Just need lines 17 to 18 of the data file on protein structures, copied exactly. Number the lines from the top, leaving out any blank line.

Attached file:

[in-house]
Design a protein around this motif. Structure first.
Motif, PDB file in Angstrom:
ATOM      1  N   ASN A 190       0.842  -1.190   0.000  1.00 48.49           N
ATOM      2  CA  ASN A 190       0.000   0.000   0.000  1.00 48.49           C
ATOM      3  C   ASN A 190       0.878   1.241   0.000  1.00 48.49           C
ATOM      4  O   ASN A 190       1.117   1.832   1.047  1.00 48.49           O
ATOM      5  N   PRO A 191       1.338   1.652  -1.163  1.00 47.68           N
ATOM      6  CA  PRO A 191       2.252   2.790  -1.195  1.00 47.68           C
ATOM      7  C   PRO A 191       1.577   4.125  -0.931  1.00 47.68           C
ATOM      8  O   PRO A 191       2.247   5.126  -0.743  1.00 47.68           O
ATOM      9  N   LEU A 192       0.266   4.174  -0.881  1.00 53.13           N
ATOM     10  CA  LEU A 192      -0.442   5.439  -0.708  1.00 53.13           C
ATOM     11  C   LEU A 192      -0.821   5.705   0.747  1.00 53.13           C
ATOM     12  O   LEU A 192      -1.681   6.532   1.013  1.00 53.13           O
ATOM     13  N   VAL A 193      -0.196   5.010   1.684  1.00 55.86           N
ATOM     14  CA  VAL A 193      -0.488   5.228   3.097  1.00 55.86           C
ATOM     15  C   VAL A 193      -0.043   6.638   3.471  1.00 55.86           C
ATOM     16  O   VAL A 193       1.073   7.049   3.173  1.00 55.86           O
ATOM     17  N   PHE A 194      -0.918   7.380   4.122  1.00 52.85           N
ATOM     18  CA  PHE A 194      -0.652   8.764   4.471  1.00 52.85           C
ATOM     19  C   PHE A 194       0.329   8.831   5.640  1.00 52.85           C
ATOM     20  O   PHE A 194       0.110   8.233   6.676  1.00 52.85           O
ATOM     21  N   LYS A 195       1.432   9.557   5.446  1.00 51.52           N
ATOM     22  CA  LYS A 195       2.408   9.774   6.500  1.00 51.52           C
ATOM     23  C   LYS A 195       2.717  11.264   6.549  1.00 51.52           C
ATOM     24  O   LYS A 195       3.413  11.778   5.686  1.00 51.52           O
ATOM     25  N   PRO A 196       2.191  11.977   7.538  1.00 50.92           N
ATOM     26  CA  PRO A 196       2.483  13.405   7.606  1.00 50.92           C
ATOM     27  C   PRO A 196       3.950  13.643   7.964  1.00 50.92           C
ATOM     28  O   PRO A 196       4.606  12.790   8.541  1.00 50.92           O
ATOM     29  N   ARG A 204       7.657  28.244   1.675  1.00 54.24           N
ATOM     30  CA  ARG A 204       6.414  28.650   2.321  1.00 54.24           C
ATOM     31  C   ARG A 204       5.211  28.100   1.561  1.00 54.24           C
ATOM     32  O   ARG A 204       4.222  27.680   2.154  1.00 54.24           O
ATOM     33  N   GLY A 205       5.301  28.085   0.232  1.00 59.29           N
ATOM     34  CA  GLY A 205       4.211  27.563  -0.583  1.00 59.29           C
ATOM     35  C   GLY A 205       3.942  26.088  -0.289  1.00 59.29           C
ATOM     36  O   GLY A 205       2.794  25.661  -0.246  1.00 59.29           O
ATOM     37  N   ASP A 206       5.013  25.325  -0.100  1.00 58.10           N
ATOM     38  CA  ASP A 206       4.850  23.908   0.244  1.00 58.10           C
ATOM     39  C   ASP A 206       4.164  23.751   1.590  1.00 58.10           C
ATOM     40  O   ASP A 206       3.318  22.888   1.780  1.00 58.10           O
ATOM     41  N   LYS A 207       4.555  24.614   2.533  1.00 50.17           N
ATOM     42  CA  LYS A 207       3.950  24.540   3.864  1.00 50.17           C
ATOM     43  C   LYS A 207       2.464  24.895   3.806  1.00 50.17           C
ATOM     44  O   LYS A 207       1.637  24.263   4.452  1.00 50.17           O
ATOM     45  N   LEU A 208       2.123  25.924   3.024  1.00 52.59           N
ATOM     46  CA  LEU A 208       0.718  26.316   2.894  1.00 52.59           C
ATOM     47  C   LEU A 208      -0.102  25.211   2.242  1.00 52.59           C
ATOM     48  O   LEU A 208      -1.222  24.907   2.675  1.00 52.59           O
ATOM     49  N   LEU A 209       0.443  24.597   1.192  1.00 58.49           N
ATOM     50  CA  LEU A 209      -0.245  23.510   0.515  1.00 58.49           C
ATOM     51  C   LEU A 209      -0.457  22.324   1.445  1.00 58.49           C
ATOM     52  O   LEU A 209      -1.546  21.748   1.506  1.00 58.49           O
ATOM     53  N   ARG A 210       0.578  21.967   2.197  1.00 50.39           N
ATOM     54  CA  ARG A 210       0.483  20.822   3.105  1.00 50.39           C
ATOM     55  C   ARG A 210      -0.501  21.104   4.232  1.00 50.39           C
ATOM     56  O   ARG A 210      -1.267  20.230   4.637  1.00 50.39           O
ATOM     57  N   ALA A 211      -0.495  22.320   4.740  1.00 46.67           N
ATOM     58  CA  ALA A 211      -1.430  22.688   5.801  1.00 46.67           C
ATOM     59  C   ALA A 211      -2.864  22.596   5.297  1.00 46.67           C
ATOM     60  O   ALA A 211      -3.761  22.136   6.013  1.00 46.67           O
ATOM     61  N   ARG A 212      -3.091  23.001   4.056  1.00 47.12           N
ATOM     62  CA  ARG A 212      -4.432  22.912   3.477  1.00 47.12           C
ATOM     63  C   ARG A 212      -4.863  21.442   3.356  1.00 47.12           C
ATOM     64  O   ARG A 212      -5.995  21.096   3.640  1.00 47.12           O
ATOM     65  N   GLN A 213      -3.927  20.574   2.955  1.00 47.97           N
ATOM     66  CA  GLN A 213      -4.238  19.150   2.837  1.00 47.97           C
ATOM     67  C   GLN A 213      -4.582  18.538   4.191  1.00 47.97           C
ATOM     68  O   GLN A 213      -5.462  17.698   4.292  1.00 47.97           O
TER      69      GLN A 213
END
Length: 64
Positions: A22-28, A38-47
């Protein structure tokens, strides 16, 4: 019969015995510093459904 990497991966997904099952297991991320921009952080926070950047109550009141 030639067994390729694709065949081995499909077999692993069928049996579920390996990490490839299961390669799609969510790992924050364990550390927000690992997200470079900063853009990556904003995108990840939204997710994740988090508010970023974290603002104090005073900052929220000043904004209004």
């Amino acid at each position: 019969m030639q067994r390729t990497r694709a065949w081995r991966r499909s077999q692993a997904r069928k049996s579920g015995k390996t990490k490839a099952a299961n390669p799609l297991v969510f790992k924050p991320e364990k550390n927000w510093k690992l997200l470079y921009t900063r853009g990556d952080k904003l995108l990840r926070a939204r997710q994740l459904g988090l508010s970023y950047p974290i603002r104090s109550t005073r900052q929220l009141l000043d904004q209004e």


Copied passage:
ATOM     14  CA  VAL A 193      -0.488   5.228   3.097  1.00 55.86           C
ATOM     15  C   VAL A 193      -0.043   6.638   3.471  1.00 55.86           C